In olden times, middle-class people had checking accounts; and they kept close track of their account balances. No one wanted to inadvertently write a "hot" check that would "bounce" back to them. Oh, the shame! The embarrassment!
Those days are gone. Today, many Americans don't pay much attention to their checking account balances. If they don't have money in their account to buy a suitcase of Miller Lite, they just put their purchase on a credit card.
That's basically what our government is doing. The national debt tripled between 2008 and 2019 and reached about $20 trillion when Trump came into office.
By the third year of Trump's term in office, the national debt had risen to $22 trillion. Last summer, Congress passed a two-year deficit budget at a time when America had a booming economy with historically low unemployment.
Then came the coronavirus pandemic, and our government whipped up more than $2 trillion to deal with that. State and local governments are running massive deficits because tax revenues are down, and the Democrats want to dole out another $1 trillion to send to the states.
So that brings the national debt to what--$24 trillion? Folks, we can never pay back this money, and no one believes we can.
If the federal government can't pay its debts—and it can't—it only has two choices: It can default on its obligations or inflate the money supply. It will choose inflation, and the consequences won't be pretty.
Inflation, the wise economists tell us, is a way for the rich to steal from the poor. When hyperinflation starts, the people who will be hurt are the elderly living on fixed incomes and young people whose wages won't be enough to pay for the inflated price of necessities like food and rent.
Germany suffered hyperinflation in the 1920s as it struggled to pay war reparations to the Allied powers after World War I. The German government responded to this onerous burden by printing more money. This triggered hyperinflation that soon drove the value of the German mark to virtually zero. The mark became worth so little that people had to carry baskets of paper currency to pay for their daily needs.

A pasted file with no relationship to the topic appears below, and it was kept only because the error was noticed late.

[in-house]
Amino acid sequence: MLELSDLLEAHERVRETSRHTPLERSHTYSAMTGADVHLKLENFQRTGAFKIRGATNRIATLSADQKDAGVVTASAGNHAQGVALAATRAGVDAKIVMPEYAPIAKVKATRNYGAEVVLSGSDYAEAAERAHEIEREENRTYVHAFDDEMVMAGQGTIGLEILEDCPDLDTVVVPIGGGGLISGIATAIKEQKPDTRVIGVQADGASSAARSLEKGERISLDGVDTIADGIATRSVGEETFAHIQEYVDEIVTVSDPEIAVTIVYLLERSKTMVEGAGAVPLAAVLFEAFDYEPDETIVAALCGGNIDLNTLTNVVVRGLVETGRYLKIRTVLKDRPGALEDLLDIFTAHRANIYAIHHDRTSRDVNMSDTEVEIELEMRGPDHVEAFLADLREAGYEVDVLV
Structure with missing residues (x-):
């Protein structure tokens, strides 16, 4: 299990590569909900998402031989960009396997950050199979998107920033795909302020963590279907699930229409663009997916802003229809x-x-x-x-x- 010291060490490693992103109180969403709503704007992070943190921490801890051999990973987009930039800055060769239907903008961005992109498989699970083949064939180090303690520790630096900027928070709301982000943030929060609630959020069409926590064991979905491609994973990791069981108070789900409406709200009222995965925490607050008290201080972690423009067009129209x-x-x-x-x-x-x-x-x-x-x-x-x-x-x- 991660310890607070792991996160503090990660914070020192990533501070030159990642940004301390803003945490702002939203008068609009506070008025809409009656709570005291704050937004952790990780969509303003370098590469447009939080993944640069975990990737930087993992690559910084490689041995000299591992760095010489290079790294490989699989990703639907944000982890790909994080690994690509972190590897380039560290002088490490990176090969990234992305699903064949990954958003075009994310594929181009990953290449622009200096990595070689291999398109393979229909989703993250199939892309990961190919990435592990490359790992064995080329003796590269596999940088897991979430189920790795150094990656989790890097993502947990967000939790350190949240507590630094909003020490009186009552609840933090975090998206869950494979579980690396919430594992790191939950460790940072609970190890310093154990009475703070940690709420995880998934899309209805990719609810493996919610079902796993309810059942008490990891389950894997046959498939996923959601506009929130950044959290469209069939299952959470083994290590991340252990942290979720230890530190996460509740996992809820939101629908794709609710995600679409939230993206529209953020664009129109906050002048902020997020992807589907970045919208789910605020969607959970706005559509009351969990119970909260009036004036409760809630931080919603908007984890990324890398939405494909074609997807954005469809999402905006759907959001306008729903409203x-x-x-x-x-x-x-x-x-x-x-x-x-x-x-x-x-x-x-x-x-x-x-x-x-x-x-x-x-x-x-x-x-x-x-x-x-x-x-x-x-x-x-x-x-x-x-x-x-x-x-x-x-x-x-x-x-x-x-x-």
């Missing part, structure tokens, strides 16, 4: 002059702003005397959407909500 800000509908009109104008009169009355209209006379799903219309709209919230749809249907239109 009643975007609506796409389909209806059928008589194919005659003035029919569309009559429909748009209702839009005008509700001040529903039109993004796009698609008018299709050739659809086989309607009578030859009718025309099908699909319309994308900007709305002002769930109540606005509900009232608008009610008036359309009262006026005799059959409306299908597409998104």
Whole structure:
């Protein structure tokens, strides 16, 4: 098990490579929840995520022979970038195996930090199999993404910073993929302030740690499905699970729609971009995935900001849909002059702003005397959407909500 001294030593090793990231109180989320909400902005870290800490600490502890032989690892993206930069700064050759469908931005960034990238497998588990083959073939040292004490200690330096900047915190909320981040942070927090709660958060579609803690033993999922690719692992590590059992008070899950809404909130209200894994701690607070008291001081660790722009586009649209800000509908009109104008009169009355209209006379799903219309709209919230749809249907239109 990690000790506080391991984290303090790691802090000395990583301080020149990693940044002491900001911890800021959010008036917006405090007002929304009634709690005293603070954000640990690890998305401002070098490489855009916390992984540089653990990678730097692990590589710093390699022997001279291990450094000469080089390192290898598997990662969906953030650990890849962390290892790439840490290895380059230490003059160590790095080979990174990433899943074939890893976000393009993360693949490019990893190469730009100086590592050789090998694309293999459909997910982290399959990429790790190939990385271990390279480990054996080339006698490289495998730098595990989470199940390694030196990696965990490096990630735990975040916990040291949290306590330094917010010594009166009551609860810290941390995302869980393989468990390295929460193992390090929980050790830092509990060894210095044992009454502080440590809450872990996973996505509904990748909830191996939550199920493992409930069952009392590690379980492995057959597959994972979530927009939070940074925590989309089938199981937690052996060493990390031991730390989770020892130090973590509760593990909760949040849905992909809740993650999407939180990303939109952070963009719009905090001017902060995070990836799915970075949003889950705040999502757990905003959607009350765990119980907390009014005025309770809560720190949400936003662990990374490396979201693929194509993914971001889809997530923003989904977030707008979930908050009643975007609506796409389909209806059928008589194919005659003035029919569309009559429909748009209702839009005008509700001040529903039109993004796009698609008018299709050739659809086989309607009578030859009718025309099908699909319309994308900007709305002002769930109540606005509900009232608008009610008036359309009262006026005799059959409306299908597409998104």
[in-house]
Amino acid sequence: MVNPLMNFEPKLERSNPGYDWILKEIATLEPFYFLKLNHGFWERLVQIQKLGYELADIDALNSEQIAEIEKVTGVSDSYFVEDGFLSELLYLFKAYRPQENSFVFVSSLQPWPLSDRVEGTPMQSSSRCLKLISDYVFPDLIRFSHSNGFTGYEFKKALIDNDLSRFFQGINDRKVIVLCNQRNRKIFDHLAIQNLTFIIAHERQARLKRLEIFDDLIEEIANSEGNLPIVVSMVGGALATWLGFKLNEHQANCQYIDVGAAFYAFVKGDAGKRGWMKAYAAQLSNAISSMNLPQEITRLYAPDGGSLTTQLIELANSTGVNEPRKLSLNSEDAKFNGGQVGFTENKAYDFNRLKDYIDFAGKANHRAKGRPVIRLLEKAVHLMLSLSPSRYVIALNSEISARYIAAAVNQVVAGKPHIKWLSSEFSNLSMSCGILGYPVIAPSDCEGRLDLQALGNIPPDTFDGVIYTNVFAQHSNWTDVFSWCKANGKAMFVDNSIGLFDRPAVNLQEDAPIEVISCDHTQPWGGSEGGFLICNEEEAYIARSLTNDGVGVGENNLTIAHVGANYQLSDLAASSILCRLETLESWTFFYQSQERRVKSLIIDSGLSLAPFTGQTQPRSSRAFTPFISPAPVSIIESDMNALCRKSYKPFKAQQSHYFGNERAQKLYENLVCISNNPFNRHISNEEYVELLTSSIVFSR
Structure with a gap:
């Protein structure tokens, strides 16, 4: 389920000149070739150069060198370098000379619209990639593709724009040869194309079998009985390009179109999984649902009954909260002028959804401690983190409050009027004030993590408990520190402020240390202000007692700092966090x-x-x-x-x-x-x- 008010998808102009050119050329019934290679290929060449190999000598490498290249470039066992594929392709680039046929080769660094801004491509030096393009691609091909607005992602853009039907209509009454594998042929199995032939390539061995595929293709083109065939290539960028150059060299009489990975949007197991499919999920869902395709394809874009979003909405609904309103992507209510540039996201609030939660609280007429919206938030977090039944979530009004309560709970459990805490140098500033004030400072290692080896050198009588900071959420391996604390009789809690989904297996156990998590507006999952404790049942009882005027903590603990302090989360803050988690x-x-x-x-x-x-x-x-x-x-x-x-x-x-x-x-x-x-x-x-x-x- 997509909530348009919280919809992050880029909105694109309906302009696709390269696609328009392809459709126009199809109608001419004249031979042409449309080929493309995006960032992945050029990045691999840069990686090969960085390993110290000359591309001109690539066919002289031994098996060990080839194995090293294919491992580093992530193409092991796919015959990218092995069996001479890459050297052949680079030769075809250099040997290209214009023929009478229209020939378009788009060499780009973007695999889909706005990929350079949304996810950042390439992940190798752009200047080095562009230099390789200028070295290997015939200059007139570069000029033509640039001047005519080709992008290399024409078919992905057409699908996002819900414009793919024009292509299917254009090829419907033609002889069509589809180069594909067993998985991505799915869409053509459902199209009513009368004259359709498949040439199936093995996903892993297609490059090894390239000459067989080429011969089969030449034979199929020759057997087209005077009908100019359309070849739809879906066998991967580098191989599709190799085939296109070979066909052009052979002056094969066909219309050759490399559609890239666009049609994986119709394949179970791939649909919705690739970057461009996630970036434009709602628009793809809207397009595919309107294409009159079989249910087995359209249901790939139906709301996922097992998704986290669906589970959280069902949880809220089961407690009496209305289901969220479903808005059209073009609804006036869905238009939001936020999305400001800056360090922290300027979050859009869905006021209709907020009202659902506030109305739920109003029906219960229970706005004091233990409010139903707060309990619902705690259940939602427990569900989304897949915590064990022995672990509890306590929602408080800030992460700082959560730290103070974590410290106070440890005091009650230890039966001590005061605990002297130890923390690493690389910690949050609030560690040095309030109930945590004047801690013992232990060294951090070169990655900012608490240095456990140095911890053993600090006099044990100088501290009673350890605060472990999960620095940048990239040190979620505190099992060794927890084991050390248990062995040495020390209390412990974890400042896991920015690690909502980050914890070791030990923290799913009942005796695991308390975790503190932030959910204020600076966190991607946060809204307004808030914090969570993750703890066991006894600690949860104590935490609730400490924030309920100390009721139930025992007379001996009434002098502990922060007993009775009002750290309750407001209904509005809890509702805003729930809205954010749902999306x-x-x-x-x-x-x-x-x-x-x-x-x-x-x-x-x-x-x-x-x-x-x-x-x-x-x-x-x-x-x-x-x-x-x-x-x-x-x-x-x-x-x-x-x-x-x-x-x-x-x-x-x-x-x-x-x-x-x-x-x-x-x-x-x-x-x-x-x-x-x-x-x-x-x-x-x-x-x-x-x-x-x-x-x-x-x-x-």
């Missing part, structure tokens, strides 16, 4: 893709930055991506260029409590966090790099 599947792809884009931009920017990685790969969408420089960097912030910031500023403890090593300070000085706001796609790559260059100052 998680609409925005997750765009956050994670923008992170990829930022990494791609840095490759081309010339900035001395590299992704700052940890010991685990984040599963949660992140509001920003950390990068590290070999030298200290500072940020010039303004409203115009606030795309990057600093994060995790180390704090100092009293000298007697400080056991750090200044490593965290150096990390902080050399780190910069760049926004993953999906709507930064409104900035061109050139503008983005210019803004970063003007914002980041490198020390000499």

Historians tell us that this period of hyperinflation destroyed the German economy, causing massive hardship for the German people, whose lives devolved into a day-to-day struggle for food. The anger and bitterness that resulted laid the groundwork for Nazism.
Adam Ferguson wrote a book about Germany's inflationary period titled When Money Dies. Ferguson warns us about the existential danger of hyperinflation. "The question to be asked," Ferguson wrote, "is how inflation, however caused, affects a nation: its government, its people, its officials, and its society."
If the experience of Germany is anything to go by, Ferguson cautioned, "then the collapse of a national currency unleashes such greed, violence, unhappiness, and hatred, largely bred from fear, as no society can survive uncrippled and unchanged." In Germany, racial passions were unleashed, and nihilistic sexuality prevailed in 1920s Berlin.
Already, our national politicians make hysterical and groundless charges of racism against their political opponents. State and local governments refuse to abide by federal immigration law even as they demand more federal money to prop up their sagging budgets. Our elite intellectuals have cast off almost all sexual norms and obsess on transgender bathrooms.
Is contemporary America exactly like Germany in the 1920s? Of course not. But like 1920s Germany, our government is running up debt that it can't repay. Will this lead to a 21st century Hitler? Probably not, but our future is definitely going to be unpleasant.